‘Please’ really is about letting the ‘other’ know they have a choice.   So the phrases:    Could you? Would you? Often seems more fitting to me.

‘Thank you’, an automatic couple of words so often empty and lacking a sense of gratitude.   Come on you know what I mean.   They said ‘thank you’ but was it a genuine appreciation or just empty words?

Appreciation radiates a sense of connection and satisfaction that draws one in, so we can do it all again.  That is what is it about.  We want to make a difference.

 Genuine appreciation and gratitude guides us to use our energy where it makes a difference.

Did you like it?   Did it make a difference for you?  If so, say ‘thank you’ with ‘meaning’ and draw that experience in some more.  Acknowledge what you like.  Say thank you with appreciation, so the source knows it wasn’t wasting its time and energy.  Believe me, you will experience more pleasure this way.

‘Oh sorry’, now I can do it all again.  What!  No that’s not what ‘sorry’ is about!  Yet isn’t that a really common practice today?  ‘I said sorry, what more do you want?’

Well actually I don’t like it, so I don’t want it.   I want to experience something different.

A genuine ‘sorry’ is about recognising an inappropriate action and correcting it.

The words are empty if there is no experiential difference for the ‘other’.  Yet this doesn’t mean you have to change for others, to fit in with them all the time. T he trick is understanding what is important to you and being able to let go of what isn’t.  Being creative enough to find ways to meet everyone’s needs when appropriate.  Sometimes this means looking at our priorities and remembering to let go of ‘others’ so they can grow.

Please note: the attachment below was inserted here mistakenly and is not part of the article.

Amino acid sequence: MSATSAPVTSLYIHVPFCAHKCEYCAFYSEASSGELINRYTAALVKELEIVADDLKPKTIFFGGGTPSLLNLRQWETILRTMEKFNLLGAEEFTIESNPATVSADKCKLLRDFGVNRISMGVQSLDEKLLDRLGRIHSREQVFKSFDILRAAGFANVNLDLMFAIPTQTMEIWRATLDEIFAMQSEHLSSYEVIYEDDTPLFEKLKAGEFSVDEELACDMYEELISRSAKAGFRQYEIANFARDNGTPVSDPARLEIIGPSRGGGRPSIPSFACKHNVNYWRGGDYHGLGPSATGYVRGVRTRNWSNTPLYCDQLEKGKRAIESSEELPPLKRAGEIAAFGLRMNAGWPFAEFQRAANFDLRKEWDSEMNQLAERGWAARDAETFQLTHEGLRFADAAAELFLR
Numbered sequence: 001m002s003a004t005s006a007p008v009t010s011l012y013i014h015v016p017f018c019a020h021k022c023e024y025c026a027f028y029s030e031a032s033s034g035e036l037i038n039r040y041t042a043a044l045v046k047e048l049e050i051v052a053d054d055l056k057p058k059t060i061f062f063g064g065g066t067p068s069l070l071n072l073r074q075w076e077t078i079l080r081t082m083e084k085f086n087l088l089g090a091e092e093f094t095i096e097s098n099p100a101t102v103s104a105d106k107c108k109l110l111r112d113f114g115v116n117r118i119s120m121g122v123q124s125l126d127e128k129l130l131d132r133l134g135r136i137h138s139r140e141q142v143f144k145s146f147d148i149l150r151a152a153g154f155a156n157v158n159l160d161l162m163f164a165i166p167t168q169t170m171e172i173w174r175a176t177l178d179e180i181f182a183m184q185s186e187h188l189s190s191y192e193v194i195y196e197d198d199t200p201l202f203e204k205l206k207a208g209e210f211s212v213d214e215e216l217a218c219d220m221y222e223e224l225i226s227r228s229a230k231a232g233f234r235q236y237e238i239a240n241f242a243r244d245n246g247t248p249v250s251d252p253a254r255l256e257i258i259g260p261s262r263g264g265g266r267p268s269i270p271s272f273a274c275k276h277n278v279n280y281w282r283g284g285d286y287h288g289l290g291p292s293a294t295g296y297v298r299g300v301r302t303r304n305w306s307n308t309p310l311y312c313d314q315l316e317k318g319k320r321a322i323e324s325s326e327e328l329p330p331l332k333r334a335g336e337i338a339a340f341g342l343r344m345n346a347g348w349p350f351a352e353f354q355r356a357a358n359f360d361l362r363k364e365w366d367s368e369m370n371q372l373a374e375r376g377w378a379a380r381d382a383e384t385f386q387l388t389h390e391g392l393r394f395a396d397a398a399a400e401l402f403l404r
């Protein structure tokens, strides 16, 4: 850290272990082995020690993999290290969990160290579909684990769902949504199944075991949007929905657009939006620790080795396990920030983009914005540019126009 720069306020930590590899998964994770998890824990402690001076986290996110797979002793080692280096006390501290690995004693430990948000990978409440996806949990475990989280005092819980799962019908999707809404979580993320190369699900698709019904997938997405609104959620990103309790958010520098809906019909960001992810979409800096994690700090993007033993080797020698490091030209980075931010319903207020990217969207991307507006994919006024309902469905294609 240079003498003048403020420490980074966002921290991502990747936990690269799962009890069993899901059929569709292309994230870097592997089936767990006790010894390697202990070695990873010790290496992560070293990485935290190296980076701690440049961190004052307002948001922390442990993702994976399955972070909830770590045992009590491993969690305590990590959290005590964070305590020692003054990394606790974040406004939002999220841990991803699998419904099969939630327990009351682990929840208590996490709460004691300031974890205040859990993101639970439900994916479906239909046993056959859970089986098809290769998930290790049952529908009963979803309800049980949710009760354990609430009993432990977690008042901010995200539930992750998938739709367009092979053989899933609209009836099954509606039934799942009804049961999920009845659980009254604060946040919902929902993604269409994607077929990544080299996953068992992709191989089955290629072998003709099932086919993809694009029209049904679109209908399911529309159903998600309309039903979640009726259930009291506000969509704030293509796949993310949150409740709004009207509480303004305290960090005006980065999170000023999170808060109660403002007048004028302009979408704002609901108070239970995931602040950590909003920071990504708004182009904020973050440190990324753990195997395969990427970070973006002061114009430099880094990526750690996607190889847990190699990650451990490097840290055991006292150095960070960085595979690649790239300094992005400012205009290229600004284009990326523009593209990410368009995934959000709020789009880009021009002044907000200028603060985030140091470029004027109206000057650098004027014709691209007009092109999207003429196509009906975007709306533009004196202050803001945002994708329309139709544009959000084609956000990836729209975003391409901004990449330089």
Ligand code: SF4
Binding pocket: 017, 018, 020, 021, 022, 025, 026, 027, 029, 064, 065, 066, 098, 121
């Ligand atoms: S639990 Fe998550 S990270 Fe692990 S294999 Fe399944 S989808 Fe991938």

It is unfortunate that being polite, intended as respectfully considerate of others, has become a form of social correctness.   This social correctness is what concerns me.   That is when good manners are token empty gestures or requires us to go along with the social norms and commonplace behaviors that reinforce disconnection and lack of authenticity.

The genuine use of requests, appreciation and appropriate behavior adjustment, along with candid caring communication lead to more fulfilment and life satisfaction.  Yet candid communication maybe portrayed as disrespectful, in reality, I think this claim is a means to prevent growth and maintain questionable social practices.

Learn to speak candidly with respectful kindness, and how to develop relationships where you know the other has your best interests at heart and will support you being your self!  And that you will do the same for them.   Let others know what you appreciate and that you are aware they have a right to say No.